Get AfricaFocus Bulletin by e-mail!
More on politics & human rights |
economy & development |
peace & security |
Print this page
Visit AfricaFocus Bookshop US |
Sudan: Action on Darfur?
Apr 7, 2004 (040407)
(Reposted from sources cited below)
"American officials should not focus on whether the killings [in
Darfur, Sudan] meet the definition of genocide ... they should
focus instead on trying to stop them" - Samantha Powers, New York
Times, April 6, 2004. Despite increasing attention from the media
and international community, however, there are so far few
indications that this will be sufficient to spark a meaningful
Op-ed pages around the world are featuring many variations on the
pledge "Never Again" this month as the 10th anniversary of the
Rwandan genocide is commemorated. But the political will needed to
give substance to such pledges remains as doubtful as ever. In
particular, high-level U.S., European, and African officials have
yet to focus significant attention on Western Sudan.
This AfricaFocus Bulletin includes two brief UN news releases and
excerpts from a new report from Human Rights Watch on the situation
in Darfur. For additional background and links see also AfricaFocus
Bulletin for March 6
(http://www.africafocus.org/docs04/sud0403.php), the late March
report on Darfur from the International Crisis Group at
an April 3 interview with UN Emergency Relief Coordinator Jan
++++++++++++++++++++++end editor's note+++++++++++++++++++++++
Sudan: UN human rights fact-finding team begins work as conditions
6 April 2004 - A United Nations fact-finding mission on the human
rights situation in Sudan's Darfur region began its work today as
UN staff in the country reported that conditions in the war-scarred
region, where a senior UN official has said black Africans are
suffering from ethnic cleansing, are deteriorating.
The mission, led by Bacre Waly Ndiaye, Director of the UN Human
Rights Office in New York, has started in neighbouring Chad, where
tens of thousands of Sudanese have fled over the past year to
escape the violence.
The team will interview Sudanese refugees taking shelter there
before travelling to Darfur itself to assess the situation. The
mission is expected to last about 10 days, a UN spokesman told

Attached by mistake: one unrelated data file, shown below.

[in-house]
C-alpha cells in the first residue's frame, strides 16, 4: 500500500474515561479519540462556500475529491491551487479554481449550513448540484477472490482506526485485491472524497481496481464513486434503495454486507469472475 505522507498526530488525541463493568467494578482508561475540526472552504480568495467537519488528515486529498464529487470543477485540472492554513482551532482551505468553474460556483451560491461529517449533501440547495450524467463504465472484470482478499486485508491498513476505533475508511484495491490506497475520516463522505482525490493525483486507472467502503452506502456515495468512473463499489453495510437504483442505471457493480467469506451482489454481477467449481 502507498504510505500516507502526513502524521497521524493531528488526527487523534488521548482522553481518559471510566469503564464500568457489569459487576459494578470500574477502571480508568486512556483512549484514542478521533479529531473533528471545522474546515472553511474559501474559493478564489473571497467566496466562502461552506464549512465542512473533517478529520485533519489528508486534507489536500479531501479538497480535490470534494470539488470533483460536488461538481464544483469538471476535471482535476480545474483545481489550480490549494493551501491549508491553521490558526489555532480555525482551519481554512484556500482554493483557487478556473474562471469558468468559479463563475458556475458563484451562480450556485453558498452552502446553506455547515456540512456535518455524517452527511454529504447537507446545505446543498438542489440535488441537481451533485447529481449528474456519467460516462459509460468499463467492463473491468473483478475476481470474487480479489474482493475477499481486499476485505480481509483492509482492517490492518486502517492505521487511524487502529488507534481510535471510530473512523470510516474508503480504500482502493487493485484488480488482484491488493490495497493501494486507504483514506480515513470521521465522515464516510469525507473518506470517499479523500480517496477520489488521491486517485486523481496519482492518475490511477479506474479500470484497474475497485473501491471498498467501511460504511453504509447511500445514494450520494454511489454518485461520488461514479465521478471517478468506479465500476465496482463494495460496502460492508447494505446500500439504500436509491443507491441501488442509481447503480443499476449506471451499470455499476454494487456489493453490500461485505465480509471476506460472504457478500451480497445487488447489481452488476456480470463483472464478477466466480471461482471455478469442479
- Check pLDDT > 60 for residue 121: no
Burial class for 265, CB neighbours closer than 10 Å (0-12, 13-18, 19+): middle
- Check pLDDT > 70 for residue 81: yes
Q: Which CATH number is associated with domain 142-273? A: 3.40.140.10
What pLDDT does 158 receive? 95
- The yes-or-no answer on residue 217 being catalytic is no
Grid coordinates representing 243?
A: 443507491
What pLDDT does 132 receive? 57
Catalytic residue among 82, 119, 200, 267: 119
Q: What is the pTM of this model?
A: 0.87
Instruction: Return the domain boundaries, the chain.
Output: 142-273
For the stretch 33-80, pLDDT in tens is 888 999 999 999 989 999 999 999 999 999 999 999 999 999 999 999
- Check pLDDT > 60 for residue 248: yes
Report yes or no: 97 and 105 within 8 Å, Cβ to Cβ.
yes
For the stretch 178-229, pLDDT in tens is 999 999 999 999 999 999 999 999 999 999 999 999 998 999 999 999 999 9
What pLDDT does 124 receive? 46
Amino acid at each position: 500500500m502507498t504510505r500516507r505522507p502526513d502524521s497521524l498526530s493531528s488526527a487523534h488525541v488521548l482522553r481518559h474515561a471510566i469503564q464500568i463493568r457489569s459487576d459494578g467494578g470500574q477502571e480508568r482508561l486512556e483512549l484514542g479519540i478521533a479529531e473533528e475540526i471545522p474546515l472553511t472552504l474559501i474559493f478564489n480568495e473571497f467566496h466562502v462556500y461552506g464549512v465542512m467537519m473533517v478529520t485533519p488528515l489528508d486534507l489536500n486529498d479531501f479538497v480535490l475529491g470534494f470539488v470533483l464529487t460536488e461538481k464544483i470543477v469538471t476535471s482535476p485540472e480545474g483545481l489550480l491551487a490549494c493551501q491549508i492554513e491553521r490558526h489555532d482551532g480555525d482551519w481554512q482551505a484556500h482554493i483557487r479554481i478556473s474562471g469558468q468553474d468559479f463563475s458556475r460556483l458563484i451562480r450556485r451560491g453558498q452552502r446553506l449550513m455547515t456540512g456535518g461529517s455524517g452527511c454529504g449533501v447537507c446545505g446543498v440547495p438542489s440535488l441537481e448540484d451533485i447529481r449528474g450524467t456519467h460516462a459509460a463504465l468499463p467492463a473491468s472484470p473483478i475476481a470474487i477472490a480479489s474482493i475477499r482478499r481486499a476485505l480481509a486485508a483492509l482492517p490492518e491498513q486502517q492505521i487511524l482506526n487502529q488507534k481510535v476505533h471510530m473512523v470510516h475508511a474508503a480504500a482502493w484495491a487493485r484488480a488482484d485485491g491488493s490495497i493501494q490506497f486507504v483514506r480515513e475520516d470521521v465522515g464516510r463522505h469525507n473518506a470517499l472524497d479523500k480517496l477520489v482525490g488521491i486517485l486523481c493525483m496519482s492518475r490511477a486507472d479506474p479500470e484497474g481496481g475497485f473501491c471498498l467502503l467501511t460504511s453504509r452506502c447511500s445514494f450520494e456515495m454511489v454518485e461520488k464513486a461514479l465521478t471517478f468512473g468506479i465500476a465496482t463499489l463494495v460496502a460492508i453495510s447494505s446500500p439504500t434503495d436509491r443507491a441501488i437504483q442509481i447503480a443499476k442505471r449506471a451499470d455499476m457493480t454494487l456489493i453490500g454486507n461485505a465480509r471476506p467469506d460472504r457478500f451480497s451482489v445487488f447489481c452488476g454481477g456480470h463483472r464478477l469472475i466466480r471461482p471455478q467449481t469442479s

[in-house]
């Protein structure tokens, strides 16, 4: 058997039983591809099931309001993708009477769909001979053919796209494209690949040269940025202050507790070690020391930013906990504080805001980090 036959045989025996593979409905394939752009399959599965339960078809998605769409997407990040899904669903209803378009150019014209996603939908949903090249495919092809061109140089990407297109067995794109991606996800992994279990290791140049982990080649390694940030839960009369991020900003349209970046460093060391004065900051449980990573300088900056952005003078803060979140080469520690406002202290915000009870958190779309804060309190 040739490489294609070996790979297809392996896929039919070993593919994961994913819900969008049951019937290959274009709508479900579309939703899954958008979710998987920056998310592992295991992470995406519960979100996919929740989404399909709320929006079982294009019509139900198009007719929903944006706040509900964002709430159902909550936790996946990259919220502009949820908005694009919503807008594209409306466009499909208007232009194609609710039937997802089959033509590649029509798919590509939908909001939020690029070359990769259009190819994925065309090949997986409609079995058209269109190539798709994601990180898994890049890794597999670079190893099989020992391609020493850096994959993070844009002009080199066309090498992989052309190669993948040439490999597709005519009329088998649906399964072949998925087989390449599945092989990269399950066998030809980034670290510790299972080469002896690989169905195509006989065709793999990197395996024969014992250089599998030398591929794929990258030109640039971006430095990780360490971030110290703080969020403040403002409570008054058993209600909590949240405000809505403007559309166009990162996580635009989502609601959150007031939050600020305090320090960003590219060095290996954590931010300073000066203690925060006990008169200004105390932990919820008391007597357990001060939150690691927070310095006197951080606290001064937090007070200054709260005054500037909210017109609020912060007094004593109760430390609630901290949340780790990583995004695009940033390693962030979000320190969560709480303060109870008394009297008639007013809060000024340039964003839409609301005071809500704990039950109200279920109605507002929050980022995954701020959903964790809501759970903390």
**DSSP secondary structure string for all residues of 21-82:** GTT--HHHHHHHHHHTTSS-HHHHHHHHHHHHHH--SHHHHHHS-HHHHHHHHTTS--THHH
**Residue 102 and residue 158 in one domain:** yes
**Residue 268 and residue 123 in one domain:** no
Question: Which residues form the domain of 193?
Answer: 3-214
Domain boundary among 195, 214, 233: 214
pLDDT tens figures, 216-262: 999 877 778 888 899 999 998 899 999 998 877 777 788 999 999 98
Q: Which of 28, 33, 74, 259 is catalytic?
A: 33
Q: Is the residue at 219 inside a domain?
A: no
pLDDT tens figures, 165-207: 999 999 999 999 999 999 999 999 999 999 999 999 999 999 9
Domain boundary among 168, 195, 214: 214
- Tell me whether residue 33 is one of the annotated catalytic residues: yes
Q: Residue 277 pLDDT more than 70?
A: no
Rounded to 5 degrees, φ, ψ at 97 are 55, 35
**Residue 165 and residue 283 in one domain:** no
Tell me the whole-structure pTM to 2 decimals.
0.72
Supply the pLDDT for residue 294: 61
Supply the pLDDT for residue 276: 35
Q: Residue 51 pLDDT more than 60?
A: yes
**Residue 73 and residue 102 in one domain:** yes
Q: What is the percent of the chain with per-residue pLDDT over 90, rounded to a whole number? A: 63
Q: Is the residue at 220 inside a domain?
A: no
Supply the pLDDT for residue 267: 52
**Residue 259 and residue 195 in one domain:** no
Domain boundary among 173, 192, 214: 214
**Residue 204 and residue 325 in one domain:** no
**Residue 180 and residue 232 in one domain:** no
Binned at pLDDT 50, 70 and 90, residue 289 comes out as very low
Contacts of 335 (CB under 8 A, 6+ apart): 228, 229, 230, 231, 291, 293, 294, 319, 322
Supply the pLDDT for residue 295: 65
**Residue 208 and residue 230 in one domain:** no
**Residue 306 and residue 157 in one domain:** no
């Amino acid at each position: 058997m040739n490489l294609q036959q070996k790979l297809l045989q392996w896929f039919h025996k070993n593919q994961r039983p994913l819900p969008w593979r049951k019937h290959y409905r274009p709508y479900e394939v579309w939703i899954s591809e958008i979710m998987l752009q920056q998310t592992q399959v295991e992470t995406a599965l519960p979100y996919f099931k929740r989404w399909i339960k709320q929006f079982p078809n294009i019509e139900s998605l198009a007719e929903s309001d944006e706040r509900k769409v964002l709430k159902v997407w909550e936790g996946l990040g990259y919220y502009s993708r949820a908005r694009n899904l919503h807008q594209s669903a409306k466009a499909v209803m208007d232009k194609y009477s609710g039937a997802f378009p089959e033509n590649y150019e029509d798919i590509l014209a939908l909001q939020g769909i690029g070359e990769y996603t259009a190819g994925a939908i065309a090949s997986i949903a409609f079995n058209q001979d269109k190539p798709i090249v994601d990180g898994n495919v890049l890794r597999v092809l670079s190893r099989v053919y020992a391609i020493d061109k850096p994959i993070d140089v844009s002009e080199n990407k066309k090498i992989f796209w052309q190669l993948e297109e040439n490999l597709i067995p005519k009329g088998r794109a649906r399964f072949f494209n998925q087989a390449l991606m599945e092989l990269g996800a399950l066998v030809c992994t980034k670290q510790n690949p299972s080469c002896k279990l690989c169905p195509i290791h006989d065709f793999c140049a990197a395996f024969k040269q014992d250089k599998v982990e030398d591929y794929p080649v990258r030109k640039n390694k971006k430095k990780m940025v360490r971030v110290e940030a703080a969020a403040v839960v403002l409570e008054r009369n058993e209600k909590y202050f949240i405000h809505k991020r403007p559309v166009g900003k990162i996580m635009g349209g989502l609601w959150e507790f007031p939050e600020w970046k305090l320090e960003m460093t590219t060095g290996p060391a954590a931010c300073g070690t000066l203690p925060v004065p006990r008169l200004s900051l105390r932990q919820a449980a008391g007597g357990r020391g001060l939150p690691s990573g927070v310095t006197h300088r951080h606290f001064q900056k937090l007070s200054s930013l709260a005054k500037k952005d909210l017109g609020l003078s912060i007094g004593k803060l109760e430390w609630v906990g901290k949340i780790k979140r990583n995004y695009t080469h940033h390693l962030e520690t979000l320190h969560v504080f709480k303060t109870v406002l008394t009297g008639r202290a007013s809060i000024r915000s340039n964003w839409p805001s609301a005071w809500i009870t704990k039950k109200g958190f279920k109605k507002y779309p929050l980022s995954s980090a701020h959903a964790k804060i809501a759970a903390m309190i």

reporters today in New York.
Bertrand Ramcharan, the Acting High Commissioner for Human Rights,
set up the mission to investigate reports that systematic human
rights abuses are occurring against civilians in Darfur.
Last Friday Jan Egeland, the Under-Secretary-General for
Humanitarian Affairs and Emergency Relief Coordinator, said a
coordinated, "scorched earth" campaign of ethnic cleansing was
taking place in Darfur, which is in Sudan's west.
Mr. Egeland said the region's black African population, especially
the Fur, Zaghawas and Massalit ethnic communities, were being
forcibly driven away from the area by militia groups allied to the
Militia groups, the Sudanese Government and rebel groups have been
fighting in Darfur for just over a year.
As the fact-finding mission begins work, the UN Office in Sudan is
reporting that conditions in Darfur have worsened in some areas, a
UN spokesman said.
He said outbreaks of communicable diseases, such as measles, are
increasing because of the rising number of internally displaced
people moving to relatively urban areas in Darfur. Some 200 cases
of measles have been confirmed in one camp alone.
Humanitarian agencies say they cannot provide enough food, clean
water, shelter and health care to internally displaced Sudanese
because of the lack of security in Darfur.
Chad-Sudan: After a Week of Standstill, Darfur Talks Could Be
UN Integrated Regional Information Networks
April 6, 2004
One week after arriving in Chad for peace negotiations, the Sudan
government and two armed movements in Darfur province have still
not held direct talks on how to end a bitter armed conflict which
has brought misery to more than a million people.
A senior official of the Chadian government, which is trying to act
as mediator between the two sides, said on Tuesday that this
impasse could force Chad to abandon its efforts to bring the
warring parties to the negotiating table.
"Unfortunately, we haven't had any direct talks. There is an
indirect dialogue. We have the feeling that opinions are
converging", Ahmad Allammi, the official spokesman at the
negotiations, told IRIN by telephone from the Chadian capital
But Allammi, a political advisor to Chadian President Idriss Deby,
warned: "If in the next fewl hours we don't progress, we could be
forced to suspend the negotiations."
So far Chadian diplomats have been shuttling between different
floors of a N'djamena hotel, trying to convince delegations from
the Sudanese government, and the Sudan Liberation Army (SLA) and
Movement for Justice and Equality (MJE) rebel movements, to sit at
the same table.
"They are under the same roof, but not at the same table", Allammi
If Chad suspends its mediation, it would prolong what the United
Nations has called the "worst humanitarian crisis" in the world.
Allammi said the Chadian mediators had presented both sides with a
draft ceasefire-agreement which had been agreed to in principle.
However, the sticking point in the talks is the suggested presence
of Western diplomats as observers.